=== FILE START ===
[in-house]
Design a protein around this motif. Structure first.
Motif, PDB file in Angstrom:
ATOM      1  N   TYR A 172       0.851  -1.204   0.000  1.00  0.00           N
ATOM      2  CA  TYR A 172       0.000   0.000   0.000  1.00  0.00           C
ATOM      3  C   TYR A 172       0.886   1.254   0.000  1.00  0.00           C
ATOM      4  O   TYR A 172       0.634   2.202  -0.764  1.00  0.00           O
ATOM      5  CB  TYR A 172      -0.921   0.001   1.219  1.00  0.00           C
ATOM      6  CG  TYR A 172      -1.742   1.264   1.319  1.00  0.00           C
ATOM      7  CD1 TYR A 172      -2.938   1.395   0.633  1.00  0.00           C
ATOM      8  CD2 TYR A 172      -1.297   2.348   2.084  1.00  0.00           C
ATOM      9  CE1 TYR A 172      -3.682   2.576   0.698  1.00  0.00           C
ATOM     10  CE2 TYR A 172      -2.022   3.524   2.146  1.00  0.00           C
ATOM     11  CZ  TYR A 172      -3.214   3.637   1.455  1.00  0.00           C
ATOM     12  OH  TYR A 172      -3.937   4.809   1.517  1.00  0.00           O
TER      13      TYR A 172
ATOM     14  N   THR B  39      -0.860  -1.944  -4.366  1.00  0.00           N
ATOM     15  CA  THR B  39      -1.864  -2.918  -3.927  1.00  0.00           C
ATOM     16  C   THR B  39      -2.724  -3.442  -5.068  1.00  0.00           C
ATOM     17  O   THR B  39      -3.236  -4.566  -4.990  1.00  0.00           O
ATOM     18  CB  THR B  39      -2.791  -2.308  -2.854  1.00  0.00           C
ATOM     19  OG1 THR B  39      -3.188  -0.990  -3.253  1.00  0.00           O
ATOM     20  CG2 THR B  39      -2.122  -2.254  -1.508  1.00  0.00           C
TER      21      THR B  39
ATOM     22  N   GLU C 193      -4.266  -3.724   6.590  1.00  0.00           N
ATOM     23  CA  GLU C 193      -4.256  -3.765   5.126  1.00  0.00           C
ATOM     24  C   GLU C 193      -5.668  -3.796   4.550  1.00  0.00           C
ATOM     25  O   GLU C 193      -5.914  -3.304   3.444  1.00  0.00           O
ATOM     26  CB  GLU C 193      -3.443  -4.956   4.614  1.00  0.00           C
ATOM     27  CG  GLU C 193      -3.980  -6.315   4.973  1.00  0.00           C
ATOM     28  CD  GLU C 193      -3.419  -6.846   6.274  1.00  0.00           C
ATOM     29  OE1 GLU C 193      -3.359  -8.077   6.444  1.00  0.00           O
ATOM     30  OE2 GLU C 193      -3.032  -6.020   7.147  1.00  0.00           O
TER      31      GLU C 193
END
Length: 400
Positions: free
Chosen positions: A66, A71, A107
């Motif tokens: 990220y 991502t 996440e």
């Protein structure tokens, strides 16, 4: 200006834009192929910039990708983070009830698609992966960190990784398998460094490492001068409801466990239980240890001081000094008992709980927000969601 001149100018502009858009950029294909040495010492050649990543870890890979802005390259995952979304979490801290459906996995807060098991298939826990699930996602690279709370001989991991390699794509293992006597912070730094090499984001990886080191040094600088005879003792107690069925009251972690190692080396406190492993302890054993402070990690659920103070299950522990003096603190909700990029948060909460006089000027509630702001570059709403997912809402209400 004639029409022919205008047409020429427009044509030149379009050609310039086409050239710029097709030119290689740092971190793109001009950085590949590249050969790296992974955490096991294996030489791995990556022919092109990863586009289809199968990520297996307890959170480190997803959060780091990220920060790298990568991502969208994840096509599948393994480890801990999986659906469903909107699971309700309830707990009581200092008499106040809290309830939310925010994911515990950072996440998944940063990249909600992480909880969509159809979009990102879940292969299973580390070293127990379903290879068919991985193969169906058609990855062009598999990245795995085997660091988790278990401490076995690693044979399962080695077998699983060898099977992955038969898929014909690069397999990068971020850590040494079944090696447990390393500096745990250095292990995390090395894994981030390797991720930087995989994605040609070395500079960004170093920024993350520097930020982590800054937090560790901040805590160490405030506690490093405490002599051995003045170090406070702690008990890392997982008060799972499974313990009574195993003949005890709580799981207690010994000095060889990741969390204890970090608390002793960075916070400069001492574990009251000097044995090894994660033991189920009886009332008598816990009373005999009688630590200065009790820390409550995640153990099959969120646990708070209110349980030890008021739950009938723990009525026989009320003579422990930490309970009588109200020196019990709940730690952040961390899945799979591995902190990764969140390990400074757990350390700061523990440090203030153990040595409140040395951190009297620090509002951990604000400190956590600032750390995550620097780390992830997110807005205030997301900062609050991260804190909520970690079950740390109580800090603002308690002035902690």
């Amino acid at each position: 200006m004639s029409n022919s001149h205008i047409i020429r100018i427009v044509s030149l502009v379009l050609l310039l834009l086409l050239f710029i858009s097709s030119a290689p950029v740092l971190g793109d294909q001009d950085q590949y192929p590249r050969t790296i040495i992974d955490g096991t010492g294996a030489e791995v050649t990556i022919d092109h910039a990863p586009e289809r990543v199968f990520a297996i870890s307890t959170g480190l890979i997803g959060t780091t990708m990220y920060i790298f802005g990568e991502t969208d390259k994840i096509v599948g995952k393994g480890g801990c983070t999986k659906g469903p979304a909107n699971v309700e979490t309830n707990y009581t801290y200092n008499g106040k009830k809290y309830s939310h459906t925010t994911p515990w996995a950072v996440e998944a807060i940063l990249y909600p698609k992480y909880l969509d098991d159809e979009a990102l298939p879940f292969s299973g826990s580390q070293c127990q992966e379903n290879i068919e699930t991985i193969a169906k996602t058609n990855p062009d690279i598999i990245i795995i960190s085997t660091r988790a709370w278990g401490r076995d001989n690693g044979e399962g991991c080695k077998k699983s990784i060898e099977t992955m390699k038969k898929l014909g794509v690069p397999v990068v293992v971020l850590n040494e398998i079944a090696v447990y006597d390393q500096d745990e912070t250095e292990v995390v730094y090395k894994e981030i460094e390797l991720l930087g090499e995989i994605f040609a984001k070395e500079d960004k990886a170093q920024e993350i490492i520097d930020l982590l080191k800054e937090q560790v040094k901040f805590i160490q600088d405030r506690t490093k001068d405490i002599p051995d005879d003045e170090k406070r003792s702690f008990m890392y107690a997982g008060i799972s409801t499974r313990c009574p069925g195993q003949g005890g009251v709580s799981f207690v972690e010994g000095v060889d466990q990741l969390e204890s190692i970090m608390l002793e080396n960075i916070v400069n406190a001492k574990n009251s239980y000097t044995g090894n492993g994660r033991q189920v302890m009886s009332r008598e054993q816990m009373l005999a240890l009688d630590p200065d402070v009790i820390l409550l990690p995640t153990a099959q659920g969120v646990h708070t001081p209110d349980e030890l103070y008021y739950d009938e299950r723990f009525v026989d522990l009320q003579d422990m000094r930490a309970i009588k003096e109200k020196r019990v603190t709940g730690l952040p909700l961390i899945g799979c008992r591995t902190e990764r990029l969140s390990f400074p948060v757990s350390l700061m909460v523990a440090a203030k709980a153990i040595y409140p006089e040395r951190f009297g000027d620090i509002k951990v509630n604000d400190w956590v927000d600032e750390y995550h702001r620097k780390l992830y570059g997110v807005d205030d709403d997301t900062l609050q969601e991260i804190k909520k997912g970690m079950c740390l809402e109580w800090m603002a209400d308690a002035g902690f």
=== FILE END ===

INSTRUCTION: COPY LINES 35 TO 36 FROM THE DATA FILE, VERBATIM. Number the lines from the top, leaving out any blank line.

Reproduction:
END
Length: 400